Nail and hair salons work with many volatile organic compounds. If you’re not careful, these chemicals can permeate the air, making it difficult for customers and employees alike to breathe – particularly allergy and asthma sufferers – and effecting your electric bills by making your HVAC system work overtime to filter these particle out of the air. That’s why OSHA has strict requirements for ventilation in salons. Here’s a brief guide to improving salon indoor air quality.

Recognizing Poor Salon Ventilation

There are a few ways to tell if your salon’s air quality isn’t up to par. The surest sign is if people complain about bad odors or difficulty breathing in your establishment, or if people are getting sick. If you use a particular product, and the smell remains in the air ten minutes later or more, you need better ventilation.

Additionally, if you see layers of dust accumulating on the floors or countertops, you need better air filtration. Excessive moisture can be a sign too. If the salon’s windows fog up, or condensation forms on the walls, you may have humidity problems. Many of these issues can be solved with the right HVAC system and appropriate air filter and other additional features – like air purifiers and dehumidifiers.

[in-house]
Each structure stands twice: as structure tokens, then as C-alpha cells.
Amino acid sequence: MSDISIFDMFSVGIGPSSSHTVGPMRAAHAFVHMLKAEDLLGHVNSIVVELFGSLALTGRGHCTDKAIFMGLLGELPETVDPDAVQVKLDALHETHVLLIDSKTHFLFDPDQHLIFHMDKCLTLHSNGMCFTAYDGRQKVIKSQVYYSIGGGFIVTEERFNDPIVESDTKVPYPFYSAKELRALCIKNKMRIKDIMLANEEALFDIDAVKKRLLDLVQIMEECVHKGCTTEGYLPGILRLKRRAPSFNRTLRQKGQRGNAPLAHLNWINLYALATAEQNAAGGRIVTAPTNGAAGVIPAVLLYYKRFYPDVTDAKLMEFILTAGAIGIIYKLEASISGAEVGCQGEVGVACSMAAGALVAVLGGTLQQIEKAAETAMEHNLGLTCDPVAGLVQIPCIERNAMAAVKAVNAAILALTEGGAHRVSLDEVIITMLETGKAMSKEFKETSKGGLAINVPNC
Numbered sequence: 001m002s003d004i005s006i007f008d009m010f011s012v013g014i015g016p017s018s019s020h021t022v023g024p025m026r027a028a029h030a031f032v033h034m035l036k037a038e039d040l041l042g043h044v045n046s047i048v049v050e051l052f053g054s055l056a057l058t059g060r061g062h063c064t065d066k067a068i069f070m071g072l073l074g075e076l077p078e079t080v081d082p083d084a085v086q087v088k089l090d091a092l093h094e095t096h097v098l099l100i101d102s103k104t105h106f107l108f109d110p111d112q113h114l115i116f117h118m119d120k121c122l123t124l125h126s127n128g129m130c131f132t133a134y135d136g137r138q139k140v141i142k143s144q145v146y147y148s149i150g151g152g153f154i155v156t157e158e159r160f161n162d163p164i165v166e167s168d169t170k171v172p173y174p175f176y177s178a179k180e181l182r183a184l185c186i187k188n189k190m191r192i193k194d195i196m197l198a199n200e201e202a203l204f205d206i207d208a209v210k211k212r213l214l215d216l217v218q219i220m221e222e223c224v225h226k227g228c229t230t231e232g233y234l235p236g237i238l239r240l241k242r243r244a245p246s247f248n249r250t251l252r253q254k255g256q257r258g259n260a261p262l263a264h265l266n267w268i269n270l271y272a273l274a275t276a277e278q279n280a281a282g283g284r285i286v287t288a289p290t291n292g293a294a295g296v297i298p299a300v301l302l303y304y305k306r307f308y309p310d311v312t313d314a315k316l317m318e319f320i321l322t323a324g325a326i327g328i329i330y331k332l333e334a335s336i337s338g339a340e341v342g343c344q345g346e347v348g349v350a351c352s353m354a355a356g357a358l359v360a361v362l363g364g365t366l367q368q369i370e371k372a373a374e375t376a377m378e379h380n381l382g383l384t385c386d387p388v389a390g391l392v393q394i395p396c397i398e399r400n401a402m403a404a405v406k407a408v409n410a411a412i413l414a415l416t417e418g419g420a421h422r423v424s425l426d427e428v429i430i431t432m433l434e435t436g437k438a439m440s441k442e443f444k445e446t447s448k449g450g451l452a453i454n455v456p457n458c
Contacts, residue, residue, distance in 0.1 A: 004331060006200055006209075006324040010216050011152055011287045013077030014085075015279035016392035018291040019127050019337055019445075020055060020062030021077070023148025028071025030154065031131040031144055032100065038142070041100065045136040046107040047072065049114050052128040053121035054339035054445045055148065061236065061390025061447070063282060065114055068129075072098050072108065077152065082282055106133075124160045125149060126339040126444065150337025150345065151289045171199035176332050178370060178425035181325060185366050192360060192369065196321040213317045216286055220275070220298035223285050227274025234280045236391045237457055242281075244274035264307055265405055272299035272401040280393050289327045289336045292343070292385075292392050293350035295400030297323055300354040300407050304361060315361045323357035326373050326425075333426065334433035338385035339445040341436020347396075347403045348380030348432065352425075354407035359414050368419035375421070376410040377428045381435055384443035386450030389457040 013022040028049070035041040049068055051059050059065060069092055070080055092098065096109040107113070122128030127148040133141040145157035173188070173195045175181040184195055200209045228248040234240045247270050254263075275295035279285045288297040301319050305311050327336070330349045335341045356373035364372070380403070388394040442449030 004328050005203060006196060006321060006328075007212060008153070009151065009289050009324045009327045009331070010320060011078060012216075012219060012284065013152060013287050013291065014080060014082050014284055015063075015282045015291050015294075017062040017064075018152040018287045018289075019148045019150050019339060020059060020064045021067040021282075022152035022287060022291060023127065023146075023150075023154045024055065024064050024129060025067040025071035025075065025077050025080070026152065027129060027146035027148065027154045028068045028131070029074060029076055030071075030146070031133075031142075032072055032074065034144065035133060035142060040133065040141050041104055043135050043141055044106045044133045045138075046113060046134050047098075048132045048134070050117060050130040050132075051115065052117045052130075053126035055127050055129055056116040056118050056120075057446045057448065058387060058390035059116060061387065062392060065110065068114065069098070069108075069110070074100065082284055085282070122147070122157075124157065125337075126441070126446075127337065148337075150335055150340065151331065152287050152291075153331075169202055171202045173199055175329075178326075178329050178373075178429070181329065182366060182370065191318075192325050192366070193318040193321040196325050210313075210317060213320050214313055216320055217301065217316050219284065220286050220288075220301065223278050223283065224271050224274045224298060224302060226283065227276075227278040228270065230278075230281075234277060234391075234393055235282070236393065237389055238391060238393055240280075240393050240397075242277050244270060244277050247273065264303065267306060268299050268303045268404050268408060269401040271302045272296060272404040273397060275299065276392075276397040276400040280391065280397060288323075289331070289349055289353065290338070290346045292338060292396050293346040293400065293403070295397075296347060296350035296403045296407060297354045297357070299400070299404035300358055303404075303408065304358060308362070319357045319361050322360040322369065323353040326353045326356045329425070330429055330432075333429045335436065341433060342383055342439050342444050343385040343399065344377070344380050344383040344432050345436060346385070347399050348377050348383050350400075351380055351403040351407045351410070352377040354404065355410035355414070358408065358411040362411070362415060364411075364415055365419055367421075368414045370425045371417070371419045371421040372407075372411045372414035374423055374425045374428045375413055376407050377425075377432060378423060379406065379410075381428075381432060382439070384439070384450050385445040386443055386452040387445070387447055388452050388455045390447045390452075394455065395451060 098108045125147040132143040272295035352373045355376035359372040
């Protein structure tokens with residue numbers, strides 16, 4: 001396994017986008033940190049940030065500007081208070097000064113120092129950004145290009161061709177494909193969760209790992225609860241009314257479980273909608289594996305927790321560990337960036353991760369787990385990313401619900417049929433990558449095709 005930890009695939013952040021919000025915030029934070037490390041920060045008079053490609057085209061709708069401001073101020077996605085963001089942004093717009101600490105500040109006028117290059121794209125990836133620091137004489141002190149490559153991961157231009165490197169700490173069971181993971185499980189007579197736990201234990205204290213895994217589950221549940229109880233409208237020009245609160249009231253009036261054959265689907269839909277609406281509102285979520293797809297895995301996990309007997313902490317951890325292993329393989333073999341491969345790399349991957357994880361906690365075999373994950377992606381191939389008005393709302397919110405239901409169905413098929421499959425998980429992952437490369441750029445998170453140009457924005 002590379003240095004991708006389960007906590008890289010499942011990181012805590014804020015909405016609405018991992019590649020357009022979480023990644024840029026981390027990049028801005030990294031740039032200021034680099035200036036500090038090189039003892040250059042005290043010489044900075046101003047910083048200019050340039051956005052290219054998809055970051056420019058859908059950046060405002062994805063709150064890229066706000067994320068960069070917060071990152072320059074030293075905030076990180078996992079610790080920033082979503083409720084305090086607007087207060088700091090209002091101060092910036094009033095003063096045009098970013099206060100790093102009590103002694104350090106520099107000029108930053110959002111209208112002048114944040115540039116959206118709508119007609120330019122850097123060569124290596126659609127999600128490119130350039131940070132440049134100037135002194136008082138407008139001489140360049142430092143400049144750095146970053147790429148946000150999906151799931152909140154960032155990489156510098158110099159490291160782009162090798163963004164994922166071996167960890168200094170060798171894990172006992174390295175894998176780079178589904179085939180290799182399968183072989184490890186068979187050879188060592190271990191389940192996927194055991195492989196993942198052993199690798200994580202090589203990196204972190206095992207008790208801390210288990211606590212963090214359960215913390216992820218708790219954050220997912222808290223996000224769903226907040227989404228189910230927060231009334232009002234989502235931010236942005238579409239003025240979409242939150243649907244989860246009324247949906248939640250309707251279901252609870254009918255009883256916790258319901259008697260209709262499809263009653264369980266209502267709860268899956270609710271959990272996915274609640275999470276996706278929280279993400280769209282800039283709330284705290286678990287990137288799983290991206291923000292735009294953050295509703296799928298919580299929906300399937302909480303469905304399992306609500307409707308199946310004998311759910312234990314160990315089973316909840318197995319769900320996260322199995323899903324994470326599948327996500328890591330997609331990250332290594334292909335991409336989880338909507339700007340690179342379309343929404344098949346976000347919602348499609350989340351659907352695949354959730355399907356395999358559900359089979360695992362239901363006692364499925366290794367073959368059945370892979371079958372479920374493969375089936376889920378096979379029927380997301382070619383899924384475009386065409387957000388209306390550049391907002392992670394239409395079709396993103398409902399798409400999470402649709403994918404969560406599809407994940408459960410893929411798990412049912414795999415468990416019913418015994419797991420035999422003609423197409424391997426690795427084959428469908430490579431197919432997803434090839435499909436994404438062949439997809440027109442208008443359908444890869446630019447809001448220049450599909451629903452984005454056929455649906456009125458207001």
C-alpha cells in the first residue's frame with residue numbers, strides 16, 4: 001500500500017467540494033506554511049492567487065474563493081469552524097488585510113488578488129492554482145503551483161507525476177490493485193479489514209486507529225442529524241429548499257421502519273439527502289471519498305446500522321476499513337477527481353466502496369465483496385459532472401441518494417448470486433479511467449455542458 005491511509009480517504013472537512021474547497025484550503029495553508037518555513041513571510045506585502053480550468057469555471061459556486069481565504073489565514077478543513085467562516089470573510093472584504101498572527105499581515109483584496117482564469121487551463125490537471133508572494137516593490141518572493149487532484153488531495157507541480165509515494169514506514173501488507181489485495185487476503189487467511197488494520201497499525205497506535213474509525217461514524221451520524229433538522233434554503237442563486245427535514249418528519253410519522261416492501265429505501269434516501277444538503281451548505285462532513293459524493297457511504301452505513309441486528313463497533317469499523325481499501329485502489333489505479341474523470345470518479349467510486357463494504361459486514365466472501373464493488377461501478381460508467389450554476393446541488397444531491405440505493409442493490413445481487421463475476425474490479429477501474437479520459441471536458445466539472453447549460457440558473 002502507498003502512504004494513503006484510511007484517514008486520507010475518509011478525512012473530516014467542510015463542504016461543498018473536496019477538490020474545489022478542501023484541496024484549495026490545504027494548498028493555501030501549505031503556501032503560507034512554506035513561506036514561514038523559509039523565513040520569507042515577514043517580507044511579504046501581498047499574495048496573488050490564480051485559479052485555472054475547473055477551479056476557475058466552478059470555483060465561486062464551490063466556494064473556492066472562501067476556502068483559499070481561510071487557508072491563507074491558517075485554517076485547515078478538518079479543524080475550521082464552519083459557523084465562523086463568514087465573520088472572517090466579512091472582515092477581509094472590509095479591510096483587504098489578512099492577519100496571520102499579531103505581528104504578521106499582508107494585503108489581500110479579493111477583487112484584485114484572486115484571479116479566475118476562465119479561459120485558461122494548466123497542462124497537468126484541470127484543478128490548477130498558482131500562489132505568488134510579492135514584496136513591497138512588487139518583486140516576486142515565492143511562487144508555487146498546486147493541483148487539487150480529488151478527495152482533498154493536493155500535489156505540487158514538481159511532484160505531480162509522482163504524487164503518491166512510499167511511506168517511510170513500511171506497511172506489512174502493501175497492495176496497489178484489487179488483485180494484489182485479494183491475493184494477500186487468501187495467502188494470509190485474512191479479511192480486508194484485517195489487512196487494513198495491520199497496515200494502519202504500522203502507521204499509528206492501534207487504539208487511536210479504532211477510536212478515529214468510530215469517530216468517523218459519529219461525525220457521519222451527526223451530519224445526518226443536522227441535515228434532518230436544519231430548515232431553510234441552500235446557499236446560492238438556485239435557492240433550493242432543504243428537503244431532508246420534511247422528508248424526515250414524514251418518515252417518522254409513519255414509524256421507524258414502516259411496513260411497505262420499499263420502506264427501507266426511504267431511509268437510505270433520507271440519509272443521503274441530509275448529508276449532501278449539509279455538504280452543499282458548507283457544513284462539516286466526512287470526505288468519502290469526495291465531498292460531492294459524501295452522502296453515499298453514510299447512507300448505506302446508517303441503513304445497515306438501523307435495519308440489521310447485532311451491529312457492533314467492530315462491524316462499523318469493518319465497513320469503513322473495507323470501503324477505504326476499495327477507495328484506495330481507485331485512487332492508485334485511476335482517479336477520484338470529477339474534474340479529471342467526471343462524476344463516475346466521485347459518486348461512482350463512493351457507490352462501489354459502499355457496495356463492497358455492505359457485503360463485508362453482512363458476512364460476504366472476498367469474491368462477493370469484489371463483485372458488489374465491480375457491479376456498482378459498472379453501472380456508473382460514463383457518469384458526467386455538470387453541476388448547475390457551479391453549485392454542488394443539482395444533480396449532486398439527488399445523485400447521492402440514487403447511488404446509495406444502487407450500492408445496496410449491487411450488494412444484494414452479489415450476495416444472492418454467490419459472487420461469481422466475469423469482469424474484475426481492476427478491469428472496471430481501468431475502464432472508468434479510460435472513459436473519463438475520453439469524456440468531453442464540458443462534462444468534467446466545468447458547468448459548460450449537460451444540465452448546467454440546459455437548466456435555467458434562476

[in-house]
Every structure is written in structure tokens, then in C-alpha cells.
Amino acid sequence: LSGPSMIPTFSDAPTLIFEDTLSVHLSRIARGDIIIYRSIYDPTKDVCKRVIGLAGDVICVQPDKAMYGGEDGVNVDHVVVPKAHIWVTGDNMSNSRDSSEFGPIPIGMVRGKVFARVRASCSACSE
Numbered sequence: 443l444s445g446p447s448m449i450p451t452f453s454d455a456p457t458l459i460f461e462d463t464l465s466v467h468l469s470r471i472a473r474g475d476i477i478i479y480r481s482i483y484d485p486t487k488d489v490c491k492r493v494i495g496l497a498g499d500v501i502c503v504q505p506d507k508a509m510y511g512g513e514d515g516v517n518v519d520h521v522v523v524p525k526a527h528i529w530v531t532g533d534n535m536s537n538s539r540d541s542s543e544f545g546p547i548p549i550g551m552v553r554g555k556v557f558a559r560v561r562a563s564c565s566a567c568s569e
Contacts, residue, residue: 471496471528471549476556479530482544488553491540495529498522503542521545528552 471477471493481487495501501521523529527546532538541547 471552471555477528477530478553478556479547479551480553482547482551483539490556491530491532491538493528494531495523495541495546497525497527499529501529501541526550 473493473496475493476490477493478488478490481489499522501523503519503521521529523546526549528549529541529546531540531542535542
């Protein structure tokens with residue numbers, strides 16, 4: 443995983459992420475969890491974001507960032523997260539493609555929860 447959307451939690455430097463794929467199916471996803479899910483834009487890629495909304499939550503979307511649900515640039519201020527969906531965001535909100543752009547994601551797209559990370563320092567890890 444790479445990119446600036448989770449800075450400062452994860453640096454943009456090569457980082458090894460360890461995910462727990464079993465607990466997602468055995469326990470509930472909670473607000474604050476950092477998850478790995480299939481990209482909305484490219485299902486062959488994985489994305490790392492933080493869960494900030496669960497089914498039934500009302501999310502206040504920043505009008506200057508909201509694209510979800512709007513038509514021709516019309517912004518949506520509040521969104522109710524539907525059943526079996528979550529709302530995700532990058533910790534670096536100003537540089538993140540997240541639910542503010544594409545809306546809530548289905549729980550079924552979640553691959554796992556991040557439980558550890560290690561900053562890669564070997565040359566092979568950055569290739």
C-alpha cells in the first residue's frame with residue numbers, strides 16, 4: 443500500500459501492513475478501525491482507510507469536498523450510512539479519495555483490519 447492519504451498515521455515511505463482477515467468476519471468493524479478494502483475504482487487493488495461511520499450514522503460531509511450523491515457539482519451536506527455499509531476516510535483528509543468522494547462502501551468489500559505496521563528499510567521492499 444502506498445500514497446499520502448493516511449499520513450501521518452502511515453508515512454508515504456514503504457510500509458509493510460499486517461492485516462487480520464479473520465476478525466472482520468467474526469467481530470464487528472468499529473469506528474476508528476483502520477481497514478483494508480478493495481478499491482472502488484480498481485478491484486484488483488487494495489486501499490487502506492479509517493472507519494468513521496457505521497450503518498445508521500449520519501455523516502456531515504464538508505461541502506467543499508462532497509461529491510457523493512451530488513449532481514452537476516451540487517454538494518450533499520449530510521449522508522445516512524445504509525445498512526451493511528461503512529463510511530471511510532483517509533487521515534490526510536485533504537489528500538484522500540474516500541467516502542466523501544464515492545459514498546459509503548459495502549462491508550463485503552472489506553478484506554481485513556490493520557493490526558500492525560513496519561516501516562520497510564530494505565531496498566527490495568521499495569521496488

Improving Salon Indoor Air Quality

In order to meet OSHA’s standards for indoor air quality, you need an HVAC system that can provide at least 50 cubic feet per minute of airflow. To achieve this, the Professional Beauty Association recommends a source capture system.

A source capture system takes contaminants from the air right at their source and removes them before they can circulate through the rest of the room. It provides the recommended 50 cfm airflow within six inches of any major source of fumes or other contaminants. Ideally, the system should use a HEPA filter, which can remove even the smallest contaminants from the air.

You may also consider a dehumidifier. The high levels of moisture in salons are another significant factor in lowering indoor air quality and allowing mold, bacteria, and other contaminants to thrive. By keeping your humidity at a reasonable level (between 30 and 50 percent), you create a healthier environment, where it’s more difficult for contaminants to persist.

To learn more about improving salon indoor air quality, contact us at Jackson & Sons. We provide quality HVAC solutions to the Eastern North Carolina area.